The most talked-about aspect of this year’s budget is that it does not reflect the additional $1.2 trillion in across-the-board cuts mandated by the debt deal passed last year. Those cuts will kick in January 2, 2013, meaning that unless Congress takes steps to prevent this so-called “sequester,” these statutory cuts will be taken half from domestic discretionary spending and half from defense discretionary spending across the board. This larger issue about how to deal with reducing discretionary spending levels to accommodate these mandatory cuts will likely get wrapped up in the upcoming Presidential election contest.
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Health News Review Post Suggests 20 Criteria for Assessing Products, Substances
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In July 2011, the ACSM Administrative Council voted to recognize Health News Review’s ten criteria for responsible health reporting. Since that time, ACSM Fellow Carol Torgan joined the Health News Review editorial team to offer her expert opinion on the latest exercise-related news.

In her most recent post, she responds to recent speculation about an “exercise pill” with more than 20 criteria to assess a product or substance claiming benefits similar to exercise. The criteria, she says, represent the health benefits of physical activity, as documented in the U.S. Physical Activity Guidelines for Americans.
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Nominate a Distinguished Leader for an Honor or Citation Award
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ACSM is now accepting nominations for our two most prestigious accolades, the Honor and Citation Awards. If you know an individual with a distinguished career in sports medicine and/or exercise science, we invite you to nominate that person by April 15, 2012. The nomination form and instructions are available online.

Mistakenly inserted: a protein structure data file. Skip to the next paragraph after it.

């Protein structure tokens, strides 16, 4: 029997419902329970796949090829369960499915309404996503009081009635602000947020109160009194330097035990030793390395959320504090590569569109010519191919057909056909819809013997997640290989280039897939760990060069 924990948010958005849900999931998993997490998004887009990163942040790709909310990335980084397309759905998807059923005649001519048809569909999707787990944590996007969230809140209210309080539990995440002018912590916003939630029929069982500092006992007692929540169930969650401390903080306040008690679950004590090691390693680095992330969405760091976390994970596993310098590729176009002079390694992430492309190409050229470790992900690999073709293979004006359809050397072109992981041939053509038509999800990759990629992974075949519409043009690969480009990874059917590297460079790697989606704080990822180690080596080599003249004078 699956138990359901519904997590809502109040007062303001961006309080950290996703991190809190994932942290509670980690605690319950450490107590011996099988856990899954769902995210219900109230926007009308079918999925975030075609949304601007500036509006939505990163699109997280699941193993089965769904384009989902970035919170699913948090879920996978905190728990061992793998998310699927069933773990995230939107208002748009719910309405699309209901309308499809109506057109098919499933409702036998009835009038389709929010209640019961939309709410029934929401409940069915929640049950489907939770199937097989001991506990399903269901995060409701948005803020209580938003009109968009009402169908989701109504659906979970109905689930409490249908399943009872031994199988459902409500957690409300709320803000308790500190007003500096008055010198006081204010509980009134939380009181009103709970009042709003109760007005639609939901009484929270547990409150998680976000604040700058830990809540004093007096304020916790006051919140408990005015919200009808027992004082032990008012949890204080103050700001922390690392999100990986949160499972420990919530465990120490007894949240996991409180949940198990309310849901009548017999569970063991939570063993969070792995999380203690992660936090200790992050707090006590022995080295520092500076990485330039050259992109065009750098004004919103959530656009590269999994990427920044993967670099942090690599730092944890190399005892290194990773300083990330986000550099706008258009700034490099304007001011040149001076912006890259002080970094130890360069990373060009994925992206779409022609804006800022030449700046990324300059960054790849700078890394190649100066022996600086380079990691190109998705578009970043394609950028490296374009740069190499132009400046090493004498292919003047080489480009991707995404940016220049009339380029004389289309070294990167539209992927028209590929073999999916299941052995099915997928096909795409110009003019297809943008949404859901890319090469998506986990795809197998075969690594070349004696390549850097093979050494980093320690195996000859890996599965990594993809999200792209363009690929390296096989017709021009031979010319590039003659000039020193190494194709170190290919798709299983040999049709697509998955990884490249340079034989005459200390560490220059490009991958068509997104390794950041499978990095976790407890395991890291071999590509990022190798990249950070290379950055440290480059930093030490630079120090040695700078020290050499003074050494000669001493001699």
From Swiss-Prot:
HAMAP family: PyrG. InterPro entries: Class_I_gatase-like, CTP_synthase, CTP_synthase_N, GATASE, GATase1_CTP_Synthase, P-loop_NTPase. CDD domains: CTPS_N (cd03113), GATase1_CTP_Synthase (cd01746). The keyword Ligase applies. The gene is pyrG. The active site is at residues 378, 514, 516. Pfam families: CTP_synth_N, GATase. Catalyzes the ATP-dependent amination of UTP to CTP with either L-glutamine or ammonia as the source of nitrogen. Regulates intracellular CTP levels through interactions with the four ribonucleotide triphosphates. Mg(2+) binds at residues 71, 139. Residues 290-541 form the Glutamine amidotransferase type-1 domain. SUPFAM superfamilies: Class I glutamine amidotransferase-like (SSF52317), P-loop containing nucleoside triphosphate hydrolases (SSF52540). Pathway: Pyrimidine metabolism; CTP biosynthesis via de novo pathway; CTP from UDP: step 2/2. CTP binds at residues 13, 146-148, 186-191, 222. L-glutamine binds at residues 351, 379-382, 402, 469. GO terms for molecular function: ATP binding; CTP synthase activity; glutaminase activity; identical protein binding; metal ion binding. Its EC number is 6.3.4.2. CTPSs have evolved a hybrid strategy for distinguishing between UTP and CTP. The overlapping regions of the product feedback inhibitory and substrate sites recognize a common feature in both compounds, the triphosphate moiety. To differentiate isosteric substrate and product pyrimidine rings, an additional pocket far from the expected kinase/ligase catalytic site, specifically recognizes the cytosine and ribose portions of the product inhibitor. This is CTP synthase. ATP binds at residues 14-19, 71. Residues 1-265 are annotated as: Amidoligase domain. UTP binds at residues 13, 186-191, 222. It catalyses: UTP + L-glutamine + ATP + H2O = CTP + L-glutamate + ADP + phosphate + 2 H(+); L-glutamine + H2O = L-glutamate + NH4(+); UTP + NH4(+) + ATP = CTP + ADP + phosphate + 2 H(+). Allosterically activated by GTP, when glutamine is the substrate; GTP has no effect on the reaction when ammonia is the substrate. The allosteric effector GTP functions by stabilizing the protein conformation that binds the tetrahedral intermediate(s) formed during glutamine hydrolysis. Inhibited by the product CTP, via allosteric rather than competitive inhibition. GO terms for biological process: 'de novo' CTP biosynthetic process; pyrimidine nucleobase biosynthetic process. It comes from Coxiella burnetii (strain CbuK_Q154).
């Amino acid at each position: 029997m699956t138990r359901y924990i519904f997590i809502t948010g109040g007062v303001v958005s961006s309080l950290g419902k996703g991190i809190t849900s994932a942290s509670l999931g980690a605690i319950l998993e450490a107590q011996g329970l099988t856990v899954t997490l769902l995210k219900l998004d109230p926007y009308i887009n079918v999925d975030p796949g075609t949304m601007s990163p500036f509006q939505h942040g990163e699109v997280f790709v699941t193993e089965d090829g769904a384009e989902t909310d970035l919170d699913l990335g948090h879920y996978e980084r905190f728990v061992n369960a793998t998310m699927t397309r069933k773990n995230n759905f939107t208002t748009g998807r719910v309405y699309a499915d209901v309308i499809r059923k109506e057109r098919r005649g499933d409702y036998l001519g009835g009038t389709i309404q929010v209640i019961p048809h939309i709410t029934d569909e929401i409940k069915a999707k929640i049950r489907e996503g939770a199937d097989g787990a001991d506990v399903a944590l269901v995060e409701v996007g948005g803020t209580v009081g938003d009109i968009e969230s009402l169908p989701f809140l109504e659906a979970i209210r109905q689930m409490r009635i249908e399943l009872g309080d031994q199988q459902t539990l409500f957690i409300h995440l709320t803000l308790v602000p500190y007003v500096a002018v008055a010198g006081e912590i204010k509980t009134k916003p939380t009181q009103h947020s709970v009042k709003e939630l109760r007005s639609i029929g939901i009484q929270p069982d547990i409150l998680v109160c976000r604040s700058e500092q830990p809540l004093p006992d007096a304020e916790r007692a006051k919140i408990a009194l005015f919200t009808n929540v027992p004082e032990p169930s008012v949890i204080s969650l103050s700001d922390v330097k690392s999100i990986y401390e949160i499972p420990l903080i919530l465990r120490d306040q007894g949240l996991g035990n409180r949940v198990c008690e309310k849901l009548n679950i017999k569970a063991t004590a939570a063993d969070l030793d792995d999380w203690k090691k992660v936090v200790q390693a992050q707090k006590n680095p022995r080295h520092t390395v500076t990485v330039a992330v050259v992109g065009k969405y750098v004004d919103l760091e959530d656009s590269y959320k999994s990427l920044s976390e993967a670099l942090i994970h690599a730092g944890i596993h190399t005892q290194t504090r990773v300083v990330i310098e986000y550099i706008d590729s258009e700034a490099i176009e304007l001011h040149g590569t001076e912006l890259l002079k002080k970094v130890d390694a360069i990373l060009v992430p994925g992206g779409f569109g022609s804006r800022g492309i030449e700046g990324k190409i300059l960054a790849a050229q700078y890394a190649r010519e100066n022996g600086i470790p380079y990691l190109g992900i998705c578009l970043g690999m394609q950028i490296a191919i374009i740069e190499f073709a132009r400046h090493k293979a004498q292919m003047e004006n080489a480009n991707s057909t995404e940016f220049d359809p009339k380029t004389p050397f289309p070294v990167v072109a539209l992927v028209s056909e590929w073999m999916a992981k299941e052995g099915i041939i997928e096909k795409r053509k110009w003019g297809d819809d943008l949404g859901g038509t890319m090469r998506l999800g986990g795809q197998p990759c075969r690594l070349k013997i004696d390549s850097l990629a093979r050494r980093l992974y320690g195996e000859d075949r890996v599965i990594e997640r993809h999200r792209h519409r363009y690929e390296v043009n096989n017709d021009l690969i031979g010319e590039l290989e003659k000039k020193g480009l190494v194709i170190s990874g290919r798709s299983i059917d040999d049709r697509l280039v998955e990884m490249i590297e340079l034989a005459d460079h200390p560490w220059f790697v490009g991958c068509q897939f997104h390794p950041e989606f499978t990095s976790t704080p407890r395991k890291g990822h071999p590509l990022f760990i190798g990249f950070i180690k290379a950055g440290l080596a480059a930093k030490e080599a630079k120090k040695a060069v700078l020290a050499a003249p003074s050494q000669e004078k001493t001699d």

• The Honor Award is granted to an individual with a distinguished career of outstanding scientific and scholarly contributions to sports medicine and/or the exercise sciences. The contributions may be in the basic, applied, and/or clinical sciences; allied health and/or education. ACSM membership is not a requirement for this award. View past winners.
  • The Citation Award is granted to an individual or group who has made significant and important contributions to sports medicine and/or the exercise sciences. These contributions may include, but are not limited to, research and scholarship; clinical care; and/or administrative or educational services in sports medicine or exercise science. ACSM membership is not a requirement for this award.




Exercise and Science Headlines


Headlines include recent stories in the media on sports medicine and exercise science topics and do not reflect ACSM statements, views or endorsements. Headlines are meant to inform members on what the public is reading and hearing about the field.


Ice Baths for Sore Muscles Can Work
WebMD    Share    Share on FacebookTwitterShare on LinkedinE-mail article
Can an ice bath really ward off the muscle soreness that can kick in a day or so after an intense workout?

According to a new review, it is better than doing nothing and equal to other remedies such as compression stockings or stretching.
More

Actical physical activity monitor - for the scientific professional

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How 1-Minute Intervals Can Improve Your Health
The New York Times    Share    Share on FacebookTwitterShare on LinkedinE-mail article
While many of us wonder just how much exercise we really need in order to gain health and fitness, a group of scientists in Canada are turning that issue on its head and asking, how little exercise do we need?

The emerging and engaging answer appears to be, a lot less than most of us think — provided we’re willing to work a bit.
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BioRadio: Less wires, More innovation

The BioRadio and customizable software can enhance your research through wireless ECG, EMG, respiration and motion capture. Learn more about the innovation behind this budget-friendly system. MORE
 


Miniature Ambulatory Energy Expenditure Monitor

Records activity & heart rate for AEE & HRV on subjects up to 21 days.